Yes.  An employer required by law to secure workers’ compensation coverage that fails to obtain such coverage, may be charged with a misdemeanor and subjected to a fine.  In addition, after an employer is cited for 2 offenses of failing to obtain workers’ compensation coverage, the Commissioner of Labor has the authority to order cessation of business activities until insurance is procured.  

Who pays the premium or cost of workers’ compensation insurance?

All costs for workers’ compensation insurance are paid by the employer.  The employer may not deduct money from an employee’s wages to pay workers’ compensation insurance premiums.  

When should my employee report an injury that occurred on the job?

To properly handle injuries you should require job-related injuries to be reported to you as soon as possible.  The law requires an employee to report a single event injury within 30 days or for medical treatment to be obtained within the 30-day period.  In cases of occupational disease or injuries caused by repeated trauma, an employee must give notice to the employer within 90 days of the employee’s separation from employment.  

What should an employer do if an employee is injured on the job?

An employer should promptly provide medical care to an injured employee after notice of the injury.  The employer has the right to initially select the treating physician to provide such medical, surgical or other treatment as may be reasonable and necessary.  However, an injured worker is allowed to secure necessary medical services from a physician of the worker’s own choice at the employer’s expense, where the employer fails or neglects to provide treatment within 7 days after actual notice of the injury, or where an emergency exists.  

The physician selected by the employer shall become the treating physician.  If the employee is covered by a certified workplace medical plan, the employer shall select a treating physician from the plan’s network of physicians.   

Does An Employer Have To Report Job-Related Injuries?

Oklahoma law requires an employer to report injuries received by its employees to the Workers’ Compensation Court of Existing Claims, and to the employer’s workers’ compensation insurance carrier, within 10 days of notice of the injury.  Only injuries that resulted in the loss of time beyond the shift or required medical attention away from the work site must be reported.  Failure or refusal to report such an injury may subject an employer to an administrative fine by the Court Administrator of not more than $1,000.

The form prescribed by the Court for the purpose of making the report is known as the Form 2 (Employer’s First Notice of Injury).  It is available on the Court’s web site at www.owcc.state.ok.us/court_forms.htm.  

The filing of a Form 2 is not an admission of liability or that the employee provided proper notice of the injury.   

Can I discharge an employee who has filed a workers' compensation claim?

Under Oklahoma law you may not discharge an employee because the employee has in good faith filed a claim, retained a lawyer for representation regarding a claim, has instituted any proceeding under the Workers’ Compensation Code, or has testified or is about to testify in any such proceeding.  An employee cannot be discharged during a period of temporary total disability solely on the basis of absence from work.  If an employee is terminated in retaliation for filing a workers’ compensation claim, the employee may seek to enforce this provision in district court.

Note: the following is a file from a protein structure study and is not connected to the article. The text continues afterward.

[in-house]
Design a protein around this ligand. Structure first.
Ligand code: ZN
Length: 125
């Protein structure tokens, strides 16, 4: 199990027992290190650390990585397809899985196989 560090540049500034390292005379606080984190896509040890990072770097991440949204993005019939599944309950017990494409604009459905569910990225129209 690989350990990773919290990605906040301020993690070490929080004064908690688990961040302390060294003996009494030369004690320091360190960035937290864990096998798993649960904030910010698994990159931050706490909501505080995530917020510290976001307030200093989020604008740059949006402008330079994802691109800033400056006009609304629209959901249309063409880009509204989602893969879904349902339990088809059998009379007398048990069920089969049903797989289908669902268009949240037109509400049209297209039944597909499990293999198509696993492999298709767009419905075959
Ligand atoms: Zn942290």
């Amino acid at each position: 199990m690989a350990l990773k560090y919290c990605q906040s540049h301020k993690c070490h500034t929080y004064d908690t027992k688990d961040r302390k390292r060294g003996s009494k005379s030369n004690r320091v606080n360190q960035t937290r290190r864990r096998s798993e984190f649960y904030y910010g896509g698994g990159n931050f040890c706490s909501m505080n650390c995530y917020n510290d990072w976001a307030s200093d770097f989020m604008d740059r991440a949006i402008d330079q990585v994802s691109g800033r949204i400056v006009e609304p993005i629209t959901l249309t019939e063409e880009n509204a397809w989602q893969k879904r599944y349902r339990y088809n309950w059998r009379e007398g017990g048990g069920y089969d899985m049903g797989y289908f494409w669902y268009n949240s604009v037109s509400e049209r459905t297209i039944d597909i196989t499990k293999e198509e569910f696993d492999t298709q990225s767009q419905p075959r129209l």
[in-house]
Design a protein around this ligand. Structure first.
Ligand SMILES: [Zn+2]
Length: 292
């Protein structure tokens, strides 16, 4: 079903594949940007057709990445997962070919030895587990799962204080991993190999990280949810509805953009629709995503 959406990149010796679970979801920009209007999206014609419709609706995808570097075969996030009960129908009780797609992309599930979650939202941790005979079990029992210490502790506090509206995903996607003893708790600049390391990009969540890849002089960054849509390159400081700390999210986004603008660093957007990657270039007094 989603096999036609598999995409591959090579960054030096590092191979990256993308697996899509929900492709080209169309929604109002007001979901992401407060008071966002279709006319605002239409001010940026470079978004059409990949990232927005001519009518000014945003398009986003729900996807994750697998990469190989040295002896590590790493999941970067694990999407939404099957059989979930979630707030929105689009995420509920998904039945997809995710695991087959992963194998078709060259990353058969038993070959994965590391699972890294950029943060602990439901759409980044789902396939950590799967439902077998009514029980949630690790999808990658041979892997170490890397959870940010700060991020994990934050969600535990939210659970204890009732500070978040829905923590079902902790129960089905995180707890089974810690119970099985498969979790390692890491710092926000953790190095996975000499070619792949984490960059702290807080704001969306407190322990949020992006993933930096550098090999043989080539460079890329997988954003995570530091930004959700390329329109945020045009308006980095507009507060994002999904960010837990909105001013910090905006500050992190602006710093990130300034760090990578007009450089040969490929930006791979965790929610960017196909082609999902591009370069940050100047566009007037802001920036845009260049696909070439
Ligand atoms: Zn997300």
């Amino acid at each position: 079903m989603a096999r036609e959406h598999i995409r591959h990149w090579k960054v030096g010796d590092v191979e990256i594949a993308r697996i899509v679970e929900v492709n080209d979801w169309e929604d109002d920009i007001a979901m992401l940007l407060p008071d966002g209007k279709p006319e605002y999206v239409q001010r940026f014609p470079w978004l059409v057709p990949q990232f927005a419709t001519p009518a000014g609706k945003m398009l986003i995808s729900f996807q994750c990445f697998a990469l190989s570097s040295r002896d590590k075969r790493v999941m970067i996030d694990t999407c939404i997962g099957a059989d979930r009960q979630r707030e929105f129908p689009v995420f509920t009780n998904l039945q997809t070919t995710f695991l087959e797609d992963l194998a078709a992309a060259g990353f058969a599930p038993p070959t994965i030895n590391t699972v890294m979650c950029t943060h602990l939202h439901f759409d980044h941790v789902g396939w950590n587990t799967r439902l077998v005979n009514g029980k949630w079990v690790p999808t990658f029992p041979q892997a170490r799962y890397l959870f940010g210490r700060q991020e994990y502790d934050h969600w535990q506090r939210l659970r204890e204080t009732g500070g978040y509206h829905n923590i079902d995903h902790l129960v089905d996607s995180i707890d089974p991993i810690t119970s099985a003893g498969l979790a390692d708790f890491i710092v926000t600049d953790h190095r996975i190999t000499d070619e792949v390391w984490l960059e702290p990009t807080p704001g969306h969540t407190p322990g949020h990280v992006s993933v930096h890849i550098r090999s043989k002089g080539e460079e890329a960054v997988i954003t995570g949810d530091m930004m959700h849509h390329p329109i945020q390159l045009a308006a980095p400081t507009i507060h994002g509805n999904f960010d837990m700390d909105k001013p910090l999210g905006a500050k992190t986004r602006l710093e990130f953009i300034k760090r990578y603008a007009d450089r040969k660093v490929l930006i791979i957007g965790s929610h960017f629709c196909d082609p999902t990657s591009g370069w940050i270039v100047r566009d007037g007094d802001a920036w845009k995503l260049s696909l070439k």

Must an employee in need of emergency treatment go through the Certified Workplace Medical Plan?

No.  An injured worker that is covered by a certified workplace medical plan may secure necessary emergency medical services, at the employer’s expense, from medical providers who are not part of the plan.  

Can a worker change doctors?

Yes.  The procedure for changing a treating physician differs depending upon whether or not the employee is covered by a certified workplace medical plan (CWMP).  

If the employee is not covered by a CWMP, the worker is entitled to one change of physician for any affected body part upon application to the Workers’ Compensation Court of Existing Claims.  No change of treating physician can be authorized for a part of the body if no authorized medical care was provided for that part of the body for 180 days before the date of the filing of the application for a change.  No more than 2 changes of physician are allowed in a claim.  

If the employee is covered by a CWMP, the employee may apply for a one-time change of physician to another appropriate physician within the network of the CWMP using the dispute resolution process set out in the CWMP.  Once the dispute resolution process has been exhausted, the employee may petition the Court for a change of physician within the plan. If no physician within the plan is qualified to treat the employee’s injuries, a physician outside of the plan may be selected if the physician agrees to comply with all the rules, terms and conditions of the certified workplace medical plan.  

What if workers’ compensation fraud is suspected?

Cases of suspected workers’ compensation fraud should be referred to the Attorney General Workers’ Compensation Fraud Unit for the purposes of investigation, civil action, criminal action or referral to the District Attorney, the Insurance Commissioner or to the Workers’ Compensation Court of Existing Claims Administrator.  Suspected fraud also may be reported to the employer’s workers’ compensation insurance carrier.  

The Attorney General Workers’ Compensation Fraud Unit can be contacted at:  

313 N.E. 21 Street, Suite 260
Oklahoma City, OK 73105
(405) 522-3403
or
(877) 800-8764 (In-State toll free)

What are workers’ compensation benefits?

The various types of benefits and services that an injured employee may be eligible for are described below:  

  • Medical